|Born||2 August 1893|
Spondon, Derbyshire, England
|Died||26 March 1983(aged 89)|
|Relatives||Katharine Burdekin (sister)|
Cade was born in Spondon near Derby on 2 August 1893. She was the older sister of Katharine Burdekin and with her two brothers they lived at The Homestead in Spondon. Rowena Cade's family sold their house in Spondon and Cheltenham and moved to Lamorna in West Penwith, Cornwall after the First World War.
After Cade put on a local production of A Midsummer Night’s Dream in 1929, she began searching for a suitable venue for a permanent outdoor stage. The theatre is carved into the granite cliffs at Porthcurno, just a few miles from Land’s End.
She built the theatre herself with the help of her gardener Billy Rawlings in 1931–32. The stage took six months to build and the first performance was of Shakespeare's The Tempest in summer 1932. Without any formal lighting, the performance used batteries and car headlights to light the stage.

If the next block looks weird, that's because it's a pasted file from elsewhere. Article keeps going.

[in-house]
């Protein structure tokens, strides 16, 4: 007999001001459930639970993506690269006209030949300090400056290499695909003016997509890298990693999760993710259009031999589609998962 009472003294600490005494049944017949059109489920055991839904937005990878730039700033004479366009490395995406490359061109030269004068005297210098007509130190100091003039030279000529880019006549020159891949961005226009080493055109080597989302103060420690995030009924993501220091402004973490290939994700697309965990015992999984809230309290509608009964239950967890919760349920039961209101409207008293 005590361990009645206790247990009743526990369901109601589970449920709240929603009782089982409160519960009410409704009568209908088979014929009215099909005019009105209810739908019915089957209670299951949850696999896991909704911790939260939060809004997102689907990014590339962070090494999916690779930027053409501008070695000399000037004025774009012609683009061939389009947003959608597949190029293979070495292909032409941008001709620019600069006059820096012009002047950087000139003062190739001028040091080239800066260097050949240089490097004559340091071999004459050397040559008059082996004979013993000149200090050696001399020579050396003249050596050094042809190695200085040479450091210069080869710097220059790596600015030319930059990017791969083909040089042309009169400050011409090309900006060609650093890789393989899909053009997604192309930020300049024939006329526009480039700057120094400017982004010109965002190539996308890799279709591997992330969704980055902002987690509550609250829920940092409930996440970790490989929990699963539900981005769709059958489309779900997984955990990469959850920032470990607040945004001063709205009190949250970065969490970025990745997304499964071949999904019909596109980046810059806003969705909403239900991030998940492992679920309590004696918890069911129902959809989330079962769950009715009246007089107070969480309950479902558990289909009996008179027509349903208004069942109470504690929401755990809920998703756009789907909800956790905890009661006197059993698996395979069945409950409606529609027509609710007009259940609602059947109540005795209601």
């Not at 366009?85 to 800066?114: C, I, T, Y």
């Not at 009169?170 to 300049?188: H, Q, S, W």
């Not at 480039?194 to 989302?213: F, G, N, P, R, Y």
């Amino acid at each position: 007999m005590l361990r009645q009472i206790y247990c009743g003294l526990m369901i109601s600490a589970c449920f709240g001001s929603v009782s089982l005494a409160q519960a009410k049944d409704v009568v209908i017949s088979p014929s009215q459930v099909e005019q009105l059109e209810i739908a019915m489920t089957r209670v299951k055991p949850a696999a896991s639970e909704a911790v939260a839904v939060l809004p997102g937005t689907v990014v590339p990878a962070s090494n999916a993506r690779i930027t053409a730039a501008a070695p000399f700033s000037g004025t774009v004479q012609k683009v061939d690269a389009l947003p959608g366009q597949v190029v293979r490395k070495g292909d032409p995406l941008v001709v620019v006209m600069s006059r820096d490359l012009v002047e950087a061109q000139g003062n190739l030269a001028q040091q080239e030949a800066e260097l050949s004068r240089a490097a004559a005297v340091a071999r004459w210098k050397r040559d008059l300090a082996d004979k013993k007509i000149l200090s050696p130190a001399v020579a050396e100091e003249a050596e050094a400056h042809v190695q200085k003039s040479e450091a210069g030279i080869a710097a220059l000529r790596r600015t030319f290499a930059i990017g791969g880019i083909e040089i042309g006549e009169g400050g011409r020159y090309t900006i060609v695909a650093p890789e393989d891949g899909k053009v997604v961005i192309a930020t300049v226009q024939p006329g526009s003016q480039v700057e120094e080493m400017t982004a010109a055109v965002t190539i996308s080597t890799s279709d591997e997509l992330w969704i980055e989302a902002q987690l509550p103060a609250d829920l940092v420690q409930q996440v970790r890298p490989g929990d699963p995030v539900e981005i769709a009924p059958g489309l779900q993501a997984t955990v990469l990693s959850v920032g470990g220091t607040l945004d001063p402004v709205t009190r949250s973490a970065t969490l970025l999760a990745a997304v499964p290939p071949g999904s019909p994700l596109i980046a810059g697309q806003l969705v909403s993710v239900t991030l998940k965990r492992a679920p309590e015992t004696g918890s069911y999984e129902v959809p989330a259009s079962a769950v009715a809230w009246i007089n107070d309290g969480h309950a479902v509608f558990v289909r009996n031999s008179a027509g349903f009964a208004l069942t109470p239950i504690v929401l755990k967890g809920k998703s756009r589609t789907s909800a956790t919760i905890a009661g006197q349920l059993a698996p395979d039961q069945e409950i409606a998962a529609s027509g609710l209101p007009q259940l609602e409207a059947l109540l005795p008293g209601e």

In 1976, Cade gave the theatre to a charitable trust. She died on 26 March 1983. The Cade family continued to be involved in the theatre – the general manager in 2015 was married to Rowena's great niece. The theatre is now managed by Philip Jackson and has featured in a number of BBC programmes about the South West of Britain.
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- Katharine Burdekin (1989). The End of this Day's Business. Feminist Press at CUNY. pp. 163–. ISBN 978-1-55861-009-5.
- "Carved in granite, the Minack Theatre was more than merely a stage for Miss Cade". Telegraph.co.uk. Retrieved 26 June 2017.
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- Countryfile (25 April 2016), Minack Theatre and Rowena Cade (Cornwall) - BBC - 24th April 2016, retrieved 26 June 2017